Today’s computer interfaces are really, really stupid.
Think about it. Your computer and your phone together know more about you than anyone else does. They’ve been privy to most of your conversations. You’ve conveyed to them your deepest thoughts. They’ve seen pretty much every side of you.
And yet, you have to tell them, one key or one mouse click at a time, in excruciating detail, exactly what you want them to do.
User interfaces (UIs) are getting flatter and prettier by the day. But the true next evolution of UIs will involve interfaces that are intelligent, that know what is in your mind without you having to tell them.
In fact, this transformation has already begun. Let me show you an example.
I recently got an Android phone, and started using a “swiping” keyboard for all my touchscreen typing. Instead of carefully tapping individual keys with the tip of my thumbs, I can just swipe my finger over them, spelling out the word I want to type. It’s okay if I miss keys, or spell something wrong. It gets faster and easier the more I use it, learning new words and understanding which ones I use in different contexts.
There are two aspects of this that make it a revolutionary interface.
First, it allows me to indicate my general intention by waving my fingers vaguely over the screen, rather than having to spell it out in detail. This reduces the friction between having thoughts in my mind and seeing them appear as words on the screen. The interface is meeting me halfway, giving me a more direct link between my brain and my computer.
Second, it’s learning about me, and using that knowledge to get better over time. It’s starting to feel like a friend who knows me so well that I don’t even have to say anything out loud. Sometimes I can type a word or two, and just use the suggested words to complete the rest of my sentence. Soon, I will be able to trust it enough to type my thoughts without looking at the screen at all.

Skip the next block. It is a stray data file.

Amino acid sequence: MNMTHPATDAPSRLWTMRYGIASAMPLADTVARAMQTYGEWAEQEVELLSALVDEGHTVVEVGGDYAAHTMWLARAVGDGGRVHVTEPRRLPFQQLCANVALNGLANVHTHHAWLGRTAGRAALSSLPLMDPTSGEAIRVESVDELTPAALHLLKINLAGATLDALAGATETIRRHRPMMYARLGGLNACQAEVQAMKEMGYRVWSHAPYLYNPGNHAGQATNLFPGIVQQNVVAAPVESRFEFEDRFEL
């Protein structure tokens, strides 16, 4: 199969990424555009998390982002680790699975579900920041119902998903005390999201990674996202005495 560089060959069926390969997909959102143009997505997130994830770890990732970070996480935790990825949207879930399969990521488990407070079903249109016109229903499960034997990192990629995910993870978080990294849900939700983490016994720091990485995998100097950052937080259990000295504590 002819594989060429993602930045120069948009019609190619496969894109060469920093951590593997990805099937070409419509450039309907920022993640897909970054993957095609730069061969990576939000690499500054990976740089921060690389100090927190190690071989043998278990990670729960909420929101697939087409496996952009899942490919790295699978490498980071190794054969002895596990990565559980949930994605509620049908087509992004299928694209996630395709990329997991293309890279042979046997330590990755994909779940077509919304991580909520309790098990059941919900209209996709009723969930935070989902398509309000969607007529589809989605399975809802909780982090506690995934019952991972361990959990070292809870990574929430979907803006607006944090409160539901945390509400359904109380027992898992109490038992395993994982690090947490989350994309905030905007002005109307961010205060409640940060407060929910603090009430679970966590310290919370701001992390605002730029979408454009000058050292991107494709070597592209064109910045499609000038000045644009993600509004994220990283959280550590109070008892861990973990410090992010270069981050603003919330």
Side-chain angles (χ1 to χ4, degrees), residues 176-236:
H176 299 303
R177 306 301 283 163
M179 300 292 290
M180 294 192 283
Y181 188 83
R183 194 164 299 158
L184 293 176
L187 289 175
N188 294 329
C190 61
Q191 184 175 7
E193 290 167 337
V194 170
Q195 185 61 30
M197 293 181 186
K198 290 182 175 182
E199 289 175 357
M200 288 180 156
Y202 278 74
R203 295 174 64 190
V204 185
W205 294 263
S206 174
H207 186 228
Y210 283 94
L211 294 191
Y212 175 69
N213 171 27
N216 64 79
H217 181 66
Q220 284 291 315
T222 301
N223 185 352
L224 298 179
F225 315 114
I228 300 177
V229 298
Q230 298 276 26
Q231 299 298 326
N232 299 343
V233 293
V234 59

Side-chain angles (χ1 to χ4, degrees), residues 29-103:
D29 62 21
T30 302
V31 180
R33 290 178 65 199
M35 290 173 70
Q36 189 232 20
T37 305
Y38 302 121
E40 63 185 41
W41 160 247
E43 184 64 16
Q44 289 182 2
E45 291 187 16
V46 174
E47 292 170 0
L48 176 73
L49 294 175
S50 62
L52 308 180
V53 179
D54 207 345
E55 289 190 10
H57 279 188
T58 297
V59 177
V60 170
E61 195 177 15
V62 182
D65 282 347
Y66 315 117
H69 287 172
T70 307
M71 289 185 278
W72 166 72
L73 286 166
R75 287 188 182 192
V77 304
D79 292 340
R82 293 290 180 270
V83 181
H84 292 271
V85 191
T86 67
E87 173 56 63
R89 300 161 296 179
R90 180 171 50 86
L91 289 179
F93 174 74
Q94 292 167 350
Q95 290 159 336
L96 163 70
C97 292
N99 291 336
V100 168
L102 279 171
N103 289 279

My keyboard is thinking for me, and in doing so, it’s getting out of my way.
Of course, it’s still very limited. It doesn’t actually understand language, or what I’m trying to say in the way another human would. It doesn’t take into account context of who I’m talking to, what time it is, or what the other person has said. In the grand scheme of things, it’s actually pretty dumb too.
But it’s moving in the right direction.
And this is only the tip of the iceberg. Imagine a world in which your keyboard has a better grasp of language than the best writer, understands you better than your best friend, but is millions of times faster than a human, never bored, and always trying to be one step ahead of the game. What would typing look like then? Would we even be typing?
Now extend this line of thinking to your entire operating system, and every interaction you have with it. Our computers will be literal extensions of our minds. That is the holy grail of user interfaces.
The next evolution of UI includes AI. Every interface will become smarter and easier to use, until it eventually fades into the background, finally letting us focus our full attention on what really matters.